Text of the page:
Mayor of London Ken Livingstone revealed the two stages would be used to commemorate the victims of the 7 July 2005 bombings. Livingstone said: "Having the Grand Depart on the seventh of July will broadcast to the world that terrorism does not shake our city. “There can be no better way of celebrating the unity of humanity than this great sporting event coming to us on that day and being seen by millions, safety and happily.” (bbc.co.uk)
That’s a great emotional reason, but getting back to more professional analysis, wasn’t there something about benefits of some economic sort? Going back to the first article, where again the mayor of London was kind enough to provide a quote which was, “it will also generate a significant economic benefit to London—anticipated to be £56m—from spectators, race officials and media staying in the capital in the build up to and during the event" (tfl.gov.uk).

Something seems odd about that figure. Either the Tour de France is an amazingly successful tourist generating machine or we have some bad economic benefit cost analysis going on here. To answer this question, more information is needed about London’s tourist revenue, and on how much of an influence does the Tour de France upon a local economy. Thankfully the London Transport Authority does provide a useful figure: the annual tourist revenue. In 2005, visitors spent £9.5 billion, or £26 million—on average—each day. It doesn’t bode well for the Mayor’s claim. Since this will be a three day event the city of London is expect to have generated about £78 million (and no I’m not going to convert that into dollars just know it’s a lot more in dollar terms). Of course the economic benefit quoted won’t include every tourist to London (if it did the Mayor’s success would look more like a fantastic loss), but it will displace a tourist that would have gone to London. That is for the Mayor’s claim to be accurate the total tourist revenue for those three days would have to be £134 million, or a 72% increase in tourist revenue as a result from the Tour de France invading England. That seems to be a feat not even Lance Armstrong could pull off. Yet their might be more to this story.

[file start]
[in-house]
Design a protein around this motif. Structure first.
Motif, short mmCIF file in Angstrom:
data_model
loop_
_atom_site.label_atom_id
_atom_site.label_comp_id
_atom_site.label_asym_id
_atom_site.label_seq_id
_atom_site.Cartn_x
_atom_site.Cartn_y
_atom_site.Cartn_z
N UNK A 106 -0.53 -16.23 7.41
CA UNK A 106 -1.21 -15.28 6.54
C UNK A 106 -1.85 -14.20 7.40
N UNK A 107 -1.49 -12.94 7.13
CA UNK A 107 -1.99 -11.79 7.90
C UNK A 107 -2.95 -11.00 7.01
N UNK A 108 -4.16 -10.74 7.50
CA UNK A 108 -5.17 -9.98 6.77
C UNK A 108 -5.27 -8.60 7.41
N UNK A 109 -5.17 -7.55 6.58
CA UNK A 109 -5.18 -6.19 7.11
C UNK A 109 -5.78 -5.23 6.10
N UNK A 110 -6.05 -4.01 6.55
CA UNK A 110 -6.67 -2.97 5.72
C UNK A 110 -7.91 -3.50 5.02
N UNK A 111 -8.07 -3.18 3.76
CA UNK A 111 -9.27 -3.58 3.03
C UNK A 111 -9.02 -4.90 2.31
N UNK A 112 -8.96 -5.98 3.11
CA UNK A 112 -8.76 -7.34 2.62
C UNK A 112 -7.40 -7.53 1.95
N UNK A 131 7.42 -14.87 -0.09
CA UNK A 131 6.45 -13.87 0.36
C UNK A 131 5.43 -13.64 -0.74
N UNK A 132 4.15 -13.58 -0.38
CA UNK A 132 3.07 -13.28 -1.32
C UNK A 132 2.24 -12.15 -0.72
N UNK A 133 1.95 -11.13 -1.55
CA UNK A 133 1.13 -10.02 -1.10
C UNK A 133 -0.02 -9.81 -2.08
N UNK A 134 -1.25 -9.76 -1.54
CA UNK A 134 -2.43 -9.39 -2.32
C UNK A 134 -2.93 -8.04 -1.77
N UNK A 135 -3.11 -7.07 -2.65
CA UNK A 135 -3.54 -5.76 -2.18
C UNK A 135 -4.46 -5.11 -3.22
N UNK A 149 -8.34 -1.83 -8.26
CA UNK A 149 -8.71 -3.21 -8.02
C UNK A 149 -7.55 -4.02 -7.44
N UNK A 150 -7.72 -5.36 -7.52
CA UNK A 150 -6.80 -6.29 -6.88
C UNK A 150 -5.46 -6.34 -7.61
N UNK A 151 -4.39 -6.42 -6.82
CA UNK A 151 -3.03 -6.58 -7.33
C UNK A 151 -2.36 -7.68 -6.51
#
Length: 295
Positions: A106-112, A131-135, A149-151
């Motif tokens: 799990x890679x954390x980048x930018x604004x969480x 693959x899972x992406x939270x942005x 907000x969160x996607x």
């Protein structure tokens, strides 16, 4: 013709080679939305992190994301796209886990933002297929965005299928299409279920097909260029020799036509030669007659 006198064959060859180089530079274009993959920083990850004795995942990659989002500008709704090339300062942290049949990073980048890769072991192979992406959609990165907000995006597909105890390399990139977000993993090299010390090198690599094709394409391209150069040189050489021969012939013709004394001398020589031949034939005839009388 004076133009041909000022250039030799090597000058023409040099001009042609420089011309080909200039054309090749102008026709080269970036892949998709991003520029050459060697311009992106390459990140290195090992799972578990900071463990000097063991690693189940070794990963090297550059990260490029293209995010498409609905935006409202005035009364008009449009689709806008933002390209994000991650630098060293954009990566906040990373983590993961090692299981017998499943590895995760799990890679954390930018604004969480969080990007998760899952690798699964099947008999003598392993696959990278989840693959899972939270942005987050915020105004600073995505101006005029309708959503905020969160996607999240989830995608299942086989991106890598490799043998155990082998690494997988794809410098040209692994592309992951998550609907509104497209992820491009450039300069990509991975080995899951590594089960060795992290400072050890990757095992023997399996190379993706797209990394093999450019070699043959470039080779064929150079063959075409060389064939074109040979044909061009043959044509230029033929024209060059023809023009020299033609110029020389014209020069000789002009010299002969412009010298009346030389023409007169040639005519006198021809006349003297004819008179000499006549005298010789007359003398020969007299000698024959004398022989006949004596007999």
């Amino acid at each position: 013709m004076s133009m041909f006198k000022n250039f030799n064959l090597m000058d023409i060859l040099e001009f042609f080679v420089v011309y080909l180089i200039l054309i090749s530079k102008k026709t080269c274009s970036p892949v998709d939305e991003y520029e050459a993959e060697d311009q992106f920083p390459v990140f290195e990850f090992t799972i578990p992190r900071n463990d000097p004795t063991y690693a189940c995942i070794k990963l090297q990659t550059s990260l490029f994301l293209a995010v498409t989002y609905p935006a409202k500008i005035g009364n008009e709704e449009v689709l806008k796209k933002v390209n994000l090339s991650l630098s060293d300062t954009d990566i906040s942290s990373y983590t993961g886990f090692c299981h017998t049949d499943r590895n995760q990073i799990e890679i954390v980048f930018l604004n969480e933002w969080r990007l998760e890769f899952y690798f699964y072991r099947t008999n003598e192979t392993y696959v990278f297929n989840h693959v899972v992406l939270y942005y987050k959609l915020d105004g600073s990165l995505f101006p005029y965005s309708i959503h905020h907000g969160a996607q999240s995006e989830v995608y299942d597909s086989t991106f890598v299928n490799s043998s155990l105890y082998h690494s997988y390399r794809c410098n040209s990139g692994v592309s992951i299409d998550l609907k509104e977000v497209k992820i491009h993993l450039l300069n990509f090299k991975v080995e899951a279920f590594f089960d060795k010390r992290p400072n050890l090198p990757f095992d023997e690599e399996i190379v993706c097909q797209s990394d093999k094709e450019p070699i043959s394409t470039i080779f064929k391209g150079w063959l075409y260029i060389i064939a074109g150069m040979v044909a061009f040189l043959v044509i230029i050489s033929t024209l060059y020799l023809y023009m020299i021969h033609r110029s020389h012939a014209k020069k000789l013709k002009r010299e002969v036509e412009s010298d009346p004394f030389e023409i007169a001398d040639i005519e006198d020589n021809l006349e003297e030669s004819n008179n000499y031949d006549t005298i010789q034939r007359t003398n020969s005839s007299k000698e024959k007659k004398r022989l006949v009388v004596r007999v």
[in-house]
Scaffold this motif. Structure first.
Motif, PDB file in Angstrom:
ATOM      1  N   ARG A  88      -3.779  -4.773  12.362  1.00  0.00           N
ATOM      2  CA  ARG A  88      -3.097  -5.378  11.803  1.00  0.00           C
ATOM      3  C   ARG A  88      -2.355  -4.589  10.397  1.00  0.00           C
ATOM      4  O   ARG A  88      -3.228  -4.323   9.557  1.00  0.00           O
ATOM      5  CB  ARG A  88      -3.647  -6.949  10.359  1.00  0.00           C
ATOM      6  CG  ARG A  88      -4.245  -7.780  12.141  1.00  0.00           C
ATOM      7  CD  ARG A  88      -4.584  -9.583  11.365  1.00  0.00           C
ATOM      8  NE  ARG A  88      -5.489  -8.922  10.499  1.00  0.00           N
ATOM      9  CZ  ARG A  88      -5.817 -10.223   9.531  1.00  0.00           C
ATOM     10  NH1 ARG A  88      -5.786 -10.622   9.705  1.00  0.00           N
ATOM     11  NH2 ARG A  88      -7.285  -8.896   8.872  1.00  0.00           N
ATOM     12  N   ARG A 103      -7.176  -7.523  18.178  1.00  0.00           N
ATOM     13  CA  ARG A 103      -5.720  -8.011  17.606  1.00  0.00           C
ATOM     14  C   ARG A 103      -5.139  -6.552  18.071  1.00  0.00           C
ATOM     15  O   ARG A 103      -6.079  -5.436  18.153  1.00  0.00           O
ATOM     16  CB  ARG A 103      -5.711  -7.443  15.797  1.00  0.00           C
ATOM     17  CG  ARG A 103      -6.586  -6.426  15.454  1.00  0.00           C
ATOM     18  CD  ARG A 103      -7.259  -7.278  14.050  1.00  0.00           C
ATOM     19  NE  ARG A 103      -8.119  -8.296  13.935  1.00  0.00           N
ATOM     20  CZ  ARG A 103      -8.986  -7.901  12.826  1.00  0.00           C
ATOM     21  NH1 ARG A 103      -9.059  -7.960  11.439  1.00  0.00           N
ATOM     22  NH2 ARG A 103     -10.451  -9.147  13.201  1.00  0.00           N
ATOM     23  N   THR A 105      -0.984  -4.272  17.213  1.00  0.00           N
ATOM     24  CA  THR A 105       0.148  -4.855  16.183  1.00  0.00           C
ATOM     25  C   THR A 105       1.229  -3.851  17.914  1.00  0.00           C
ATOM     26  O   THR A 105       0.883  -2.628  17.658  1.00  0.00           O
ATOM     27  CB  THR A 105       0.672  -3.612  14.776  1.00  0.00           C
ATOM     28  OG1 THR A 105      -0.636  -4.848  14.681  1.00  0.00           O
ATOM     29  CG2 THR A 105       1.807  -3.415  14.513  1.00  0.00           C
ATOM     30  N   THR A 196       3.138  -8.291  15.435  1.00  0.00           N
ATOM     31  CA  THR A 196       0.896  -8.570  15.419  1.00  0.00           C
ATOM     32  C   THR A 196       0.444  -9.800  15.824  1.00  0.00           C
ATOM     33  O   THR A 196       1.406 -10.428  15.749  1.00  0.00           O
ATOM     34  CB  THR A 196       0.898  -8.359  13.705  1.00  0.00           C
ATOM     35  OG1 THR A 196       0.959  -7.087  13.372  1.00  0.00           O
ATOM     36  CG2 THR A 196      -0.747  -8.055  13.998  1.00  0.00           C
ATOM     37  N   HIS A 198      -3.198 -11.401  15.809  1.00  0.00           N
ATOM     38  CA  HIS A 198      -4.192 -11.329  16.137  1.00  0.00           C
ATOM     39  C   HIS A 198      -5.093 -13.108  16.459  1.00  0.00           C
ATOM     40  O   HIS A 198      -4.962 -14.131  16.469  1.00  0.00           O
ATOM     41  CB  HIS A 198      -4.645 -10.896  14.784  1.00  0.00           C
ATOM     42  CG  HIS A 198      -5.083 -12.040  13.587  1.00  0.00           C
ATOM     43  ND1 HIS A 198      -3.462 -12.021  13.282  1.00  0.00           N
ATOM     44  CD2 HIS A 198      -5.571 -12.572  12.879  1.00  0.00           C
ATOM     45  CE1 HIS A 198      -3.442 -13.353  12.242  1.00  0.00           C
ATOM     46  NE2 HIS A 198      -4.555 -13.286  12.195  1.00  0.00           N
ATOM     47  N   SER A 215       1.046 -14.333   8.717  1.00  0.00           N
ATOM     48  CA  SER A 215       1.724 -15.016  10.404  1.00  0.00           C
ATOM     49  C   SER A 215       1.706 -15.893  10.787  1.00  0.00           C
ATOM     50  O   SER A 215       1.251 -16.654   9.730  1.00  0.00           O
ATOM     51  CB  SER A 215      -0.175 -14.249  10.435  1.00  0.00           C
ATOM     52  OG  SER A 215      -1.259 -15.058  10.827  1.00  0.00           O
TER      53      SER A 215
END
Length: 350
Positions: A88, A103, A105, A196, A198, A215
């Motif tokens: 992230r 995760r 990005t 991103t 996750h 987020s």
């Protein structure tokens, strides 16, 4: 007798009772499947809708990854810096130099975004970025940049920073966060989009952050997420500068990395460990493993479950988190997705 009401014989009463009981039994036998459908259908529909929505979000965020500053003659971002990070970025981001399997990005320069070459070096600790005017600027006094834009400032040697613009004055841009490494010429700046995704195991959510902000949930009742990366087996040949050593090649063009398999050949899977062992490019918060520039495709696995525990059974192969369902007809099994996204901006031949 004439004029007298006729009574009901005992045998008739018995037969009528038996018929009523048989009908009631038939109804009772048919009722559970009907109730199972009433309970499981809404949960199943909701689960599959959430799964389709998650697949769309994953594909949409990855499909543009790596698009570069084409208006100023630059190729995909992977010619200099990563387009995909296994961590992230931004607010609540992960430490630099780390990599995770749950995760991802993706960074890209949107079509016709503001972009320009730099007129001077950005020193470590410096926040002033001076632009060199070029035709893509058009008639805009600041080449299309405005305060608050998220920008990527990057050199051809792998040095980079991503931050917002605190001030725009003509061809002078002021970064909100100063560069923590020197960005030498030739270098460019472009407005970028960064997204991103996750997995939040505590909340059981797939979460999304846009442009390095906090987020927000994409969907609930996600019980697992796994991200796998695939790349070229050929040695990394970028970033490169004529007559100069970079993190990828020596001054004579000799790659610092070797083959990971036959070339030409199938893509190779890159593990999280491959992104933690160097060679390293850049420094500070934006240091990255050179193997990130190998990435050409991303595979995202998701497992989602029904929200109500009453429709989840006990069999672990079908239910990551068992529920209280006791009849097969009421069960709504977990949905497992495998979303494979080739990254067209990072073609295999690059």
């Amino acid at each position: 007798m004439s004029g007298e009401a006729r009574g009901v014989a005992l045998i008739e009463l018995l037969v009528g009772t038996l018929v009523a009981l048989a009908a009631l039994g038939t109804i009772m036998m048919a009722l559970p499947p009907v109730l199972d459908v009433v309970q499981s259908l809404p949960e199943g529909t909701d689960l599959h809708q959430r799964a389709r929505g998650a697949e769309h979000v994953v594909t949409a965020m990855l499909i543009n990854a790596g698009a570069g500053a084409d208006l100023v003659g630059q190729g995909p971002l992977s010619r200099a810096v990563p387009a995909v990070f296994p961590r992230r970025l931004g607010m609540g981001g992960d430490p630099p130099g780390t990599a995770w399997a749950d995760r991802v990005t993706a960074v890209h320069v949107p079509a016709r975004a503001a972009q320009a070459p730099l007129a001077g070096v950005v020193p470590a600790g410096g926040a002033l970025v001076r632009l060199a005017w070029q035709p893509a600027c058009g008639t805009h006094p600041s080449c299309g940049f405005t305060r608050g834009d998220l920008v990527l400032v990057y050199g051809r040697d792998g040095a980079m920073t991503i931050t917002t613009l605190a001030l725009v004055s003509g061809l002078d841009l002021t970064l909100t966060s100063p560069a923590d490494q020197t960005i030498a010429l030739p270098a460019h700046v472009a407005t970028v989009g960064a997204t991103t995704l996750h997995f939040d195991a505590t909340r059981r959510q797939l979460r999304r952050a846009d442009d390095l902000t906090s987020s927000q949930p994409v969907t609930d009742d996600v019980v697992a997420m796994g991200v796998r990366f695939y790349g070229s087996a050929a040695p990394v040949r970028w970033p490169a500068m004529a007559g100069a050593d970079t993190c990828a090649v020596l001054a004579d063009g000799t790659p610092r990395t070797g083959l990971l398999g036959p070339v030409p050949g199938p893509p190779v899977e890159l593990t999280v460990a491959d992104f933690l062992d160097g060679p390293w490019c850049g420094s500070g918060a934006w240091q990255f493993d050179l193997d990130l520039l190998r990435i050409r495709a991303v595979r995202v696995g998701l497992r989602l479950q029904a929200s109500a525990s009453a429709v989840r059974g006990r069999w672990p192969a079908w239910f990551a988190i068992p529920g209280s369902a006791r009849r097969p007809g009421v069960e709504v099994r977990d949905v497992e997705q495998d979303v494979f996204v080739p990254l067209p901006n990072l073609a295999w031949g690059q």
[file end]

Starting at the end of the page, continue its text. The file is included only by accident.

While this event is hailed as a great benefit to London are their costs being ignored? Their certainly could be. Both stages will be held in the heart of London, and will force many roads to be closed for much of the day. Wouldn’t this be a cost that the citizens of London must bear? Would they be willing to pay to not have this incontinence? This is just one possible cost that might have been ignored when the economic benefit of this event was analyzed.

Yet, before they are condemned completely there is something to be said about the reason stated about the commemoration of the lives lost. After those attacks, London would logically be perceived as a more risky city in which events would be hosted. Thus events such as the beginning of the Tour de France would be a very good way to prove that London is a city that is no riskier (maybe even safer) than any other world city. This justification though doesn’t have a very well defined benefit and thus is rather suspect.

What can be concluded from this rather bizarre news story? For one, bureaucrats in Europe are not much (if at all) better in their use of economics and/or economic analysis than their brethren across the pond. Without knowing the costs (or acknowledgement that costs were considered in the benefit amount) no definitive answer can be given as to whether or not this would enhance London’s welfare, but given the evidence available this seems to be another project that bureaucrats want and taxpayers must bear. Seems the French found a way to have the English foot the bill for their race.

WSJ.com - States Seek Ways to Curb Surging Electricity Bills

WSJ.com - States Seek Ways to Curb Surging Electricity Bills

Some states are seeking ways to slow price increases in electric utility bills for consumers. The governments are seeking a methods to keep costs reduced for consumers. Natural gas costs are rising causing a higher input cost for natural gas power. There has been price freezes in many of the states that are concerned with the increase. The polices being discussed are extensions of the freezes, price caps, and a percentage increase limit on prices.

Looking at the electric market as perfect competition the price cap became a price ceiling causing inefficiency in the market. The Price freezes in the market have some influence in the large percentage increases in areas. Because companies are unable to adjust to the market they charge the highest amount possible. Because of the ceiling the price charged became increasingly smaller than the market price. Companies have been unable to keep up and now that the freezes have ended or close to being over there is the possibility of large increases in price for areas using natural gas.